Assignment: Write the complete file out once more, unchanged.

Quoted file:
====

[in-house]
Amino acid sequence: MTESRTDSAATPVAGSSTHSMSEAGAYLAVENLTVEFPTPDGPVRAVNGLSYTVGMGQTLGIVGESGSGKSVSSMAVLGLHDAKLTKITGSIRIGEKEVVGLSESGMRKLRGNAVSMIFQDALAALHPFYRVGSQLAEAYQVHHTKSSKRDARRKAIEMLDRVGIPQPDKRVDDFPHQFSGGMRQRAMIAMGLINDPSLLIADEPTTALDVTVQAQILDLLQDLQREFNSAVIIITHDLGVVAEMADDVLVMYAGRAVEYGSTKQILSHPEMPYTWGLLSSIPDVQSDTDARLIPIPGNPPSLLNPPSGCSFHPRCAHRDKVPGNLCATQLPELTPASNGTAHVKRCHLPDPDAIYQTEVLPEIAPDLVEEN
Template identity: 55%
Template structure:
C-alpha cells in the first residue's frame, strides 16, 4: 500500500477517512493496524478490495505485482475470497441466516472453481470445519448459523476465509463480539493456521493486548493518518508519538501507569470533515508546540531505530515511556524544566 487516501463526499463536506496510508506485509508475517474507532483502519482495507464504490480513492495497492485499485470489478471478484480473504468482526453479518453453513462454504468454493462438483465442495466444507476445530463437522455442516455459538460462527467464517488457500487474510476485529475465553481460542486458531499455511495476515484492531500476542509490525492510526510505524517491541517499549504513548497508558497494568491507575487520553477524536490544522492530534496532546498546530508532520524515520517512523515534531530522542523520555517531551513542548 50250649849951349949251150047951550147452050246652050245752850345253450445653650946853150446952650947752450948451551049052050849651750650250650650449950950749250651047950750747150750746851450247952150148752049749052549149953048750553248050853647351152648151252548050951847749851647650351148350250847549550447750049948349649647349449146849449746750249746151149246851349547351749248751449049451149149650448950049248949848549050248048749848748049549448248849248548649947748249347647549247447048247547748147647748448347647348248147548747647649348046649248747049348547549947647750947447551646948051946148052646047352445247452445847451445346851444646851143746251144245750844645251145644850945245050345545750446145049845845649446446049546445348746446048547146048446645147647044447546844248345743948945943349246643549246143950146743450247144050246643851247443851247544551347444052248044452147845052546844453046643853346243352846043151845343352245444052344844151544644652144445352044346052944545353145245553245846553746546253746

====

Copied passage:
[in-house]
Amino acid sequence: MTESRTDSAATPVAGSSTHSMSEAGAYLAVENLTVEFPTPDGPVRAVNGLSYTVGMGQTLGIVGESGSGKSVSSMAVLGLHDAKLTKITGSIRIGEKEVVGLSESGMRKLRGNAVSMIFQDALAALHPFYRVGSQLAEAYQVHHTKSSKRDARRKAIEMLDRVGIPQPDKRVDDFPHQFSGGMRQRAMIAMGLINDPSLLIADEPTTALDVTVQAQILDLLQDLQREFNSAVIIITHDLGVVAEMADDVLVMYAGRAVEYGSTKQILSHPEMPYTWGLLSSIPDVQSDTDARLIPIPGNPPSLLNPPSGCSFHPRCAHRDKVPGNLCATQLPELTPASNGTAHVKRCHLPDPDAIYQTEVLPEIAPDLVEEN
Template identity: 55%
Template structure:
C-alpha cells in the first residue's frame, strides 16, 4: 500500500477517512493496524478490495505485482475470497441466516472453481470445519448459523476465509463480539493456521493486548493518518508519538501507569470533515508546540531505530515511556524544566 487516501463526499463536506496510508506485509508475517474507532483502519482495507464504490480513492495497492485499485470489478471478484480473504468482526453479518453453513462454504468454493462438483465442495466444507476445530463437522455442516455459538460462527467464517488457500487474510476485529475465553481460542486458531499455511495476515484492531500476542509490525492510526510505524517491541517499549504513548497508558497494568491507575487520553477524536490544522492530534496532546498546530508532520524515520517512523515534531530522542523520555517531551513542548 50250649849951349949251150047951550147452050246652050245752850345253450445653650946853150446952650947752450948451551049052050849651750650250650650449950950749250651047950750747150750746851450247952150148752049749052549149953048750553248050853647351152648151252548050951847749851647650351148350250847549550447750049948349649647349449146849449746750249746151149246851349547351749248751449049451149149650448950049248949848549050248048749848748049549448248849248548649947748249347647549247447048247547748147647748448347647348248147548747647649348046649248747049348547549947647750947447551646948051946148052646047352445247452445847451445346851444646851143746251144245750844645251145644850945245050345545750446145049845845649446446049546445348746446048547146048446645147647044447546844248345743948945943349246643549246143950146743450247144050246643851247443851247544551347444052248044452147845052546844453046643853346243352846043151845343352245444052344844151544644652144445352044346052944545353145245553245846553746546253746